Home > History of the Town of North Brentwood

North Brentwood, a suburb of Washington, D.C. is nestled between Hyattsville and Mount Rainier, Maryland along Rhode Island Avenue (Route 1). The small town holds the distinction of being the first municipality in Prince George’s County incorporated by African Americans.

North Brentwood was developed from a farm tract owned by Captain Wallace Bartlett who commanded the 19th infantry of the U.S. Colored Troops in Brazos and Brownsville, Texas, during the Civil War. His regiment, the “Colored Men in Blue,” was made up largely of volunteer black soldiers recruited from Maryland, especially the Eastern Shore. Captain Bartlett settled in Brentwood after the Civil War and in 1887 he formed the Holladay Land and Improvement Division to sell parcels of land from a floodplain area to his regiment soldiers, former slaves, and other black families.

In 1892, Henry, Peter, and Augustus Randall built the first houses. The new community in the northern section of Brentwood became known as Randalltown after its first settlers. By 1905, the settlement had 65 residents and 15 dwellings.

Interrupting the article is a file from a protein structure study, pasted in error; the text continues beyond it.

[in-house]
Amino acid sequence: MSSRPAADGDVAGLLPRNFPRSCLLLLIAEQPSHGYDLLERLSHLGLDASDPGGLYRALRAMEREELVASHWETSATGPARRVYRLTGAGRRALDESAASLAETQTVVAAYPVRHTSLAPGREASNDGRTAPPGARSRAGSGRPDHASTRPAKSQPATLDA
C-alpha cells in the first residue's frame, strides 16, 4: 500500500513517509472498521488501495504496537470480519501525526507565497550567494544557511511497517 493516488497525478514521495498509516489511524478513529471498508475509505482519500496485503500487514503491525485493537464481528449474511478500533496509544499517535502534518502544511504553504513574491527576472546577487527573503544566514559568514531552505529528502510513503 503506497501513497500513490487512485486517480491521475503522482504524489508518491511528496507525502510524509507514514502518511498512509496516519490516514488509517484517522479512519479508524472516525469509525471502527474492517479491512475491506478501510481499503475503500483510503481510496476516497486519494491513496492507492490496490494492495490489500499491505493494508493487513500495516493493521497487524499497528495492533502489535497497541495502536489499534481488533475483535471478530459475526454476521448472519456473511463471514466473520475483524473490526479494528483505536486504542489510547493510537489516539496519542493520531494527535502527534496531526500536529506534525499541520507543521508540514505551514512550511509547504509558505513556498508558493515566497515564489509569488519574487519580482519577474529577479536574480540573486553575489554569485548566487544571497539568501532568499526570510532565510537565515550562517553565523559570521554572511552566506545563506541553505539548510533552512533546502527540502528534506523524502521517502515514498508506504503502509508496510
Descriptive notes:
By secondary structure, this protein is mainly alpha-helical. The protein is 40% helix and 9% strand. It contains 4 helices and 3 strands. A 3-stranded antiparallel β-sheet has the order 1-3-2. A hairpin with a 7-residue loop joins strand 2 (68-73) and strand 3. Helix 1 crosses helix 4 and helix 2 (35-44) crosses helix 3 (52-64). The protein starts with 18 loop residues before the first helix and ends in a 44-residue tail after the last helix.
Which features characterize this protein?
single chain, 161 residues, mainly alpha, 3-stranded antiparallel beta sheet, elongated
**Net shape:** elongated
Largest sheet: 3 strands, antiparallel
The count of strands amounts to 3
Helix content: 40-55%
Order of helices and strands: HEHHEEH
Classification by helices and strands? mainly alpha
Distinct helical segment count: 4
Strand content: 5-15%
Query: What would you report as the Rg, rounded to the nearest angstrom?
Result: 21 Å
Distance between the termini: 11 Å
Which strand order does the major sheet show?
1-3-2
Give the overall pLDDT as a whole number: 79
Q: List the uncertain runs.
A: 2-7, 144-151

After its incorporation in 1924 as North Brentwood, the town became politically, socially, and economically self-sufficient, with his own governing structure, religious institutions, and business enterprises. The 1920s and 1930s were a period of growth and expansion. The 1930 North Brentwood Directory lists the population at 800 inhabitants.

During these years, however the town was periodically flooded following rain storms. Yet flood damages and setbacks never dampened the spirit of North Brentwood Residents. For years they prepared petitions and pressured the proper authorities. Their perseverance paid off in the 1950s when the U.S. Army Corps of Engineers built a levee. The active and proud citizens of North Brentwood have often organized to protect their interests and bring better services to their community.

– Footsteps from North Brentwood

 

Town of North Brentwood Website

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